Dr Richard C. Woolfson
Your one-year-old seems so young that you may be unwilling to tell him off when he misbehaves.
He’s just a baby, you tell yourself, and can’t possibly understand the concept of right and wrong.
But that’s a mistake. Your young child is smarter than you give him credit for.
He understands clearly what you mean when you tell him “no”, even if he can’t say the word himself. He already has begun to have a sense of rules.
Of course, he’s very determined to get his own way and hates being told what to do.
That’s why he may try to ignore your comment and do what he wants anyway.
You may find that if you don’t introduce discipline at this age, your days together will become increasingly chaotic and confrontational.
He also needs to understand limits for his own safety, especially now that he is much more active.
As soon as he can move around independently, he’ll start to explore places he couldn’t reach before, such as the top of the stairs or the inside of your kitchen cupboards. This means he’s exposed to more risks.
You need to protect him from everyday hazards, with rules about what he can and can’t do, and where he can and can’t explore.
Then there’s the social dimension. If he runs around thoughtlessly at the parent-and-toddler playgroups and does what he wants without any consideration for others, he’ll rapidly become unpopular and isolated from his peers.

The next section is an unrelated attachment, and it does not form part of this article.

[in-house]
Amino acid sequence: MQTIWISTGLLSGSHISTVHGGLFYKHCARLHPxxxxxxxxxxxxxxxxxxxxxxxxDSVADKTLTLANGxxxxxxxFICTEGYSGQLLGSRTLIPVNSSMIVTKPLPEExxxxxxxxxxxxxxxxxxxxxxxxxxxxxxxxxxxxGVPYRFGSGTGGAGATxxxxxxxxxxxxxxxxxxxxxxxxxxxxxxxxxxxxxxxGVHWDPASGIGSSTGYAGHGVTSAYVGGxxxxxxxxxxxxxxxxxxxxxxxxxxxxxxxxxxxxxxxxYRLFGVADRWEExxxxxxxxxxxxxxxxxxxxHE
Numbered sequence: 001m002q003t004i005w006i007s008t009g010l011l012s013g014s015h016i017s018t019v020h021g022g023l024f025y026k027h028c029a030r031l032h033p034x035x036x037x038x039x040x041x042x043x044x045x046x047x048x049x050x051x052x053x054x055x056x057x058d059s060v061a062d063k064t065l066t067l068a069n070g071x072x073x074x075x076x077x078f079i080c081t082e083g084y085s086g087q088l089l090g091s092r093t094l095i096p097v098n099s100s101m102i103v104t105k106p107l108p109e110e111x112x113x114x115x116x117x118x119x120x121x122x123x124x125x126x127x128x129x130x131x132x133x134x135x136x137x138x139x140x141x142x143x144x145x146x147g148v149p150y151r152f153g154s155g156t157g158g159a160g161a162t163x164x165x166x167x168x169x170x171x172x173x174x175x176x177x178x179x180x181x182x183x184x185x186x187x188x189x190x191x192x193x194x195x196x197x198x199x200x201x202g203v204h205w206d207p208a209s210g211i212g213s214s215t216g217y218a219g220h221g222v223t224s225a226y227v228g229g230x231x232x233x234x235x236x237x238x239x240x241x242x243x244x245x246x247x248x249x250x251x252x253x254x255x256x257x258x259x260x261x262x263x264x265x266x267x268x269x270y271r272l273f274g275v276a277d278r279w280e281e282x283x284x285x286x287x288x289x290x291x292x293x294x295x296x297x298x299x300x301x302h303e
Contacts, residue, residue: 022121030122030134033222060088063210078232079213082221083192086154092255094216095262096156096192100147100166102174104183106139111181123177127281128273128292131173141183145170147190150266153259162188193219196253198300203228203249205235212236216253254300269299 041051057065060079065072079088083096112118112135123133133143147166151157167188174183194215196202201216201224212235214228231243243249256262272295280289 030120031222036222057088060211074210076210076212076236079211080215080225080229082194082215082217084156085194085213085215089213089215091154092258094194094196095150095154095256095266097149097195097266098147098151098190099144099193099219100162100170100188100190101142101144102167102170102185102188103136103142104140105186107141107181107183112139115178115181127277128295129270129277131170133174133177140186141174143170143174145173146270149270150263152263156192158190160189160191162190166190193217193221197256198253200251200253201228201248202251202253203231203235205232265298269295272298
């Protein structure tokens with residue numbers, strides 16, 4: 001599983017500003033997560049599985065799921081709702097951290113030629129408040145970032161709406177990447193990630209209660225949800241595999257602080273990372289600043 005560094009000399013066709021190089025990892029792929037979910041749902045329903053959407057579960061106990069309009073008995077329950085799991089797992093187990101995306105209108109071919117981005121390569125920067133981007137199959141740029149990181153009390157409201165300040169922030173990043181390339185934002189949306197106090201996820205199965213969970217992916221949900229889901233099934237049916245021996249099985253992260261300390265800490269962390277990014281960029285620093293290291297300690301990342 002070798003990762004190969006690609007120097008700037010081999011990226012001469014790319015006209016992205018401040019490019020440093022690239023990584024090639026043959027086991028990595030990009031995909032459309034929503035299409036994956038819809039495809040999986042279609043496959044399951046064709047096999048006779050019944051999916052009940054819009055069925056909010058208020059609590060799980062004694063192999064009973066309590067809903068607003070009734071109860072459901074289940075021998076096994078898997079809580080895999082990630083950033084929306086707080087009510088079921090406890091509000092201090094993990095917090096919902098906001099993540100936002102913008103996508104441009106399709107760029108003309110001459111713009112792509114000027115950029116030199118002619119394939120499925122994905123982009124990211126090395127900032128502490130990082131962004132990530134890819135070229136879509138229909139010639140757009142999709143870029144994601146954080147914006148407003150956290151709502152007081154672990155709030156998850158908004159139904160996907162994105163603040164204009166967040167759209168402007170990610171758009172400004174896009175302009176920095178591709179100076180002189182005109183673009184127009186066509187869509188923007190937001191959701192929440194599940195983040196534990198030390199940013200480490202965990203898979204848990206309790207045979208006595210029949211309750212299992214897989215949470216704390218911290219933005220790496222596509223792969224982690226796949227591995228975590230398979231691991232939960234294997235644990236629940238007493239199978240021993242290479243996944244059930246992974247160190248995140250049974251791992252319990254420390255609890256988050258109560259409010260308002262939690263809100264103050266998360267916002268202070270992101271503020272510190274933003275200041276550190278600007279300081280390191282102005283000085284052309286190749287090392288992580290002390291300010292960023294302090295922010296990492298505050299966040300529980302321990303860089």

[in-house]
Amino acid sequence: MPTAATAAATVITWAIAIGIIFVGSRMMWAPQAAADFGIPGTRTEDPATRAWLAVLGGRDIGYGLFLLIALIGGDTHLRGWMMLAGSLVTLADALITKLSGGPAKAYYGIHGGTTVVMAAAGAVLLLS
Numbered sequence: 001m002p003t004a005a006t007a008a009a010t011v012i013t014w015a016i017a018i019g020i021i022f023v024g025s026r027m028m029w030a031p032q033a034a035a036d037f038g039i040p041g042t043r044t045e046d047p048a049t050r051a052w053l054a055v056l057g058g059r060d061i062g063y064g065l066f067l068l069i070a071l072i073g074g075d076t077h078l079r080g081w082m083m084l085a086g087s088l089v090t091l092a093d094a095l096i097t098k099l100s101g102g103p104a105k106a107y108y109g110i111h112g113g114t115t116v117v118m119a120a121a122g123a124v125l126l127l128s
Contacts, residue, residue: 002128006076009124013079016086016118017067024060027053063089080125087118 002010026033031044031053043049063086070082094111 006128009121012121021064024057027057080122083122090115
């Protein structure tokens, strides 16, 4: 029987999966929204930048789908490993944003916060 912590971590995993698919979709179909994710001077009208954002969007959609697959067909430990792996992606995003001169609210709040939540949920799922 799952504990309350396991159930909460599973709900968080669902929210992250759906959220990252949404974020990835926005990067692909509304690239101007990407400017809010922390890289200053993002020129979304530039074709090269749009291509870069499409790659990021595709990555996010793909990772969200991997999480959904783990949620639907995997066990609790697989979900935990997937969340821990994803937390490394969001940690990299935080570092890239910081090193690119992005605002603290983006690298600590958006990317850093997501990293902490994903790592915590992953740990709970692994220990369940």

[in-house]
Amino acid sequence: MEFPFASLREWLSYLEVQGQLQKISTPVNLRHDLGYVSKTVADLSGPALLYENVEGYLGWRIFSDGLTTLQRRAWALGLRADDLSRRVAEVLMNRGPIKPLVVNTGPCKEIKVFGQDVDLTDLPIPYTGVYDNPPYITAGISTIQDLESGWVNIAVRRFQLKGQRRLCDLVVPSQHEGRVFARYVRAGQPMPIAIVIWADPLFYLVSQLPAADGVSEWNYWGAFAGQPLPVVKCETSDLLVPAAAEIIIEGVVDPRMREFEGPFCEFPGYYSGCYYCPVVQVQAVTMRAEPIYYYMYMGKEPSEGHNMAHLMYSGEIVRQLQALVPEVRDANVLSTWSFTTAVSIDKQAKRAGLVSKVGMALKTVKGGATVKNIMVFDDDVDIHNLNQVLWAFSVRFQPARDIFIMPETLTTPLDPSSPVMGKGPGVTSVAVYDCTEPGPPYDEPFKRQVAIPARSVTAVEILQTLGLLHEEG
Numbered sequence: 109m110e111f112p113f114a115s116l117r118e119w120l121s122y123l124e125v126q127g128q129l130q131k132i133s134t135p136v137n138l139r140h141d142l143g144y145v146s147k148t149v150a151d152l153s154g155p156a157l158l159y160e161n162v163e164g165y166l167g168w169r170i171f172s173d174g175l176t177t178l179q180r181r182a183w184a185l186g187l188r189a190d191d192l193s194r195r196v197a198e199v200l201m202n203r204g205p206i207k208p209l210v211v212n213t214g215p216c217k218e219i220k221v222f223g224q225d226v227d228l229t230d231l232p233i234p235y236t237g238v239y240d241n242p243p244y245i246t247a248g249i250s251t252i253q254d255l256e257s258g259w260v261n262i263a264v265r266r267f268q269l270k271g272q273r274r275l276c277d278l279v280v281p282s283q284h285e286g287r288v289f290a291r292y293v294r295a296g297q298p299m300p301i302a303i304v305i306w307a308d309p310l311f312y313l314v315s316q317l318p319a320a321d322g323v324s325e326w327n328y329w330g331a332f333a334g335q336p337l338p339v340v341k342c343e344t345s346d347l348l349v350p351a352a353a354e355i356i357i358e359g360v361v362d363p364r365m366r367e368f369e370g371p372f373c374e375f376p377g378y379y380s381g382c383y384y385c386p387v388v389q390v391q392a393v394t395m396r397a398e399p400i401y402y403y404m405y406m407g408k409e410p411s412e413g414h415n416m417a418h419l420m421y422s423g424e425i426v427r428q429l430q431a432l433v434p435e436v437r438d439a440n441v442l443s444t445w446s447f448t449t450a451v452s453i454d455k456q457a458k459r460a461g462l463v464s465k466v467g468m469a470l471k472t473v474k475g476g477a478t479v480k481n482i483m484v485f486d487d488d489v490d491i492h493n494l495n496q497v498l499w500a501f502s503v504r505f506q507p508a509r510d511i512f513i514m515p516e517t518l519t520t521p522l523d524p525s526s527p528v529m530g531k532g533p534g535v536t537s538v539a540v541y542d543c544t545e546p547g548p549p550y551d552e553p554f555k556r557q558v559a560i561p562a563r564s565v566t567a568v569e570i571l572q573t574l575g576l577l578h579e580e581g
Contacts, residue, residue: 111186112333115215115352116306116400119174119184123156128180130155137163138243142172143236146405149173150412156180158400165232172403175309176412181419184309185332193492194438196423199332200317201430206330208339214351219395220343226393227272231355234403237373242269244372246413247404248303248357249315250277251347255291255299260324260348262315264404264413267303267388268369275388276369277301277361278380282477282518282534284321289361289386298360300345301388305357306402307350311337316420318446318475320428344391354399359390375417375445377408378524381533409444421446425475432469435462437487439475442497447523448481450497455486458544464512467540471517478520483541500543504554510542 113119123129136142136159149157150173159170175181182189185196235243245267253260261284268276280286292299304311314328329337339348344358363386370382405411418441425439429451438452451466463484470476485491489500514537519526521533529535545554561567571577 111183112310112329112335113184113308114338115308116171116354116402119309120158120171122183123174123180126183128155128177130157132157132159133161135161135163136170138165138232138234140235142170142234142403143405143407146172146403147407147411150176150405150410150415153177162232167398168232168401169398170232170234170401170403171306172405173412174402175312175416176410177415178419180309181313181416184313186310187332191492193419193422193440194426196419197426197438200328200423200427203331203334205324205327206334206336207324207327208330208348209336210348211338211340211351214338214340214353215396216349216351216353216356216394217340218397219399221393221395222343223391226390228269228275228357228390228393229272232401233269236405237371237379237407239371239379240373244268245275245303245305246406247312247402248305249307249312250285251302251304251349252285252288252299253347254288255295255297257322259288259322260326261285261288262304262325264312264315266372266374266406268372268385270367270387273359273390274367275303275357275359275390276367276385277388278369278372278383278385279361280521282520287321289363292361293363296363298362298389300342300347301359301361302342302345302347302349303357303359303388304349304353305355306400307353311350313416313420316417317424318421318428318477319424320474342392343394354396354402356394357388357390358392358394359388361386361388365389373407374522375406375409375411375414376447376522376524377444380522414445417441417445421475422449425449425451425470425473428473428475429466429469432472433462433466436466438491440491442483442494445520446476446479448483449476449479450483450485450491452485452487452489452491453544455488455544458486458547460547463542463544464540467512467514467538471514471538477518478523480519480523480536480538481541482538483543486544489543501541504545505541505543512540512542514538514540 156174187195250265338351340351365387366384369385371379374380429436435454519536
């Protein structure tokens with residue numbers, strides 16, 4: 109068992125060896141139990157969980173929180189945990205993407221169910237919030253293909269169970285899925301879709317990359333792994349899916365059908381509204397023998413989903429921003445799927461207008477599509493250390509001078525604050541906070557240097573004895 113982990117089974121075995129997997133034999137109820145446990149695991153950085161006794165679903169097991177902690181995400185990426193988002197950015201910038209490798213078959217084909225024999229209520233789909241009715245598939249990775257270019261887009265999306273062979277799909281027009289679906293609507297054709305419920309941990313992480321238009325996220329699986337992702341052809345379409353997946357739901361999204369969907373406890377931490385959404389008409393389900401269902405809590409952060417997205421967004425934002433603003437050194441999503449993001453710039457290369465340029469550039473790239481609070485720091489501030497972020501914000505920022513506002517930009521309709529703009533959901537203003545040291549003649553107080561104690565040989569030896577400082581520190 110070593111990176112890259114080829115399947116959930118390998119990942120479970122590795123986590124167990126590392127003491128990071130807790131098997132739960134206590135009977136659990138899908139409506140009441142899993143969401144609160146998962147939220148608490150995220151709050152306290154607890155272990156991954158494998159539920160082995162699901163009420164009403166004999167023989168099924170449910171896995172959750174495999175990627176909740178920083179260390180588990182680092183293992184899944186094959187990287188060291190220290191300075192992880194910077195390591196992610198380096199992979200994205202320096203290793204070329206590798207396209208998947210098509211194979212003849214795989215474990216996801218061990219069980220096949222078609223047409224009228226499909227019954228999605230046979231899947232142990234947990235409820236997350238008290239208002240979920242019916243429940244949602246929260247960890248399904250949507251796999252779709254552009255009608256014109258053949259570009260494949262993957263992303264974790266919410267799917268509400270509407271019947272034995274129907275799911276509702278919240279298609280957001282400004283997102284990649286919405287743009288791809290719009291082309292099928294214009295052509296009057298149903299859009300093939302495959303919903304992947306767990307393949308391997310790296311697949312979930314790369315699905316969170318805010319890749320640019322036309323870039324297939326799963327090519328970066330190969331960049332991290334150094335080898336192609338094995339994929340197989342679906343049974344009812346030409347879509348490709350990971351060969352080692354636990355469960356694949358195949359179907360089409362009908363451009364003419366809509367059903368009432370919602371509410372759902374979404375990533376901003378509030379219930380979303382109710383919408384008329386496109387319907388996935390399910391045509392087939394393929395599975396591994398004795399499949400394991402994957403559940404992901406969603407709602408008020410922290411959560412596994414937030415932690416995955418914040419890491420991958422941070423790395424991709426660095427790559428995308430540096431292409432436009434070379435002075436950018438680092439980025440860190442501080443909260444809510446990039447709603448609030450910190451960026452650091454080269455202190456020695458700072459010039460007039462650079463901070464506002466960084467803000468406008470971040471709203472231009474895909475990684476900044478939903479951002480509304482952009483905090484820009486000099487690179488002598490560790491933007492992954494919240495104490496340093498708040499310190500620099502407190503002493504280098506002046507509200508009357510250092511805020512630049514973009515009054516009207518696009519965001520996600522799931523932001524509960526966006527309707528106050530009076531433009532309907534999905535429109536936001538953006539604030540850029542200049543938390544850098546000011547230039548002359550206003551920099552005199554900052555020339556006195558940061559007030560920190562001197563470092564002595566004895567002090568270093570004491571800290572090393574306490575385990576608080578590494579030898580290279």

Learning to take his friends’ feelings into account is part of discipline. This is a good time to start encouraging hia awareness of others.
For all these reasons, your little one is ready to start learning discipline.
Before you do anything, however, think about the standards of behaviour you want him to follow. Don’t expect too much from him.
Select very basic discipline techniques to start with, such as no hitting, biting and throwing. Then make up your mind to stick to these.
In addition, be prepared to be flexible with discipline. Most rules can be bent or broken sometimes, depending on the circumstances.
There may be times when you allow an exception to the usual standards of behaviour (for example, an extra snack in the afternoon to give your toddler a treat).
The best way to encourage him to follow rules is by explaining them. Whenever you stop him from doing something, tell him why he shouldn’t behave that way.
Keep your explanations very short and simple (“You mustn’t touch because it will hurt you” or “I’ll be angry if you do that”).
By all means, use some form of mild punishment when he does break the rules (which he inevitably will), but resist the temptation to use smacking.
Physical chastisement doesn’t work – it’s likely to make him aggressive, and it makes you feel miserable afterwards.
Instead, use non-physical punishments such as withdrawing sweets, not allowing him to play with his favourite toy for a while, or even just giving him an angry look.
Most important of all, reward your tot when he obeys.
He adores your approval and his face will beam whenever you praise him. So when you notice that he has behaved well, let him see that you’re delighted with him. Give him a big cuddle.
If you do this often enough, he’ll soon prefer to follow rules rather than break them.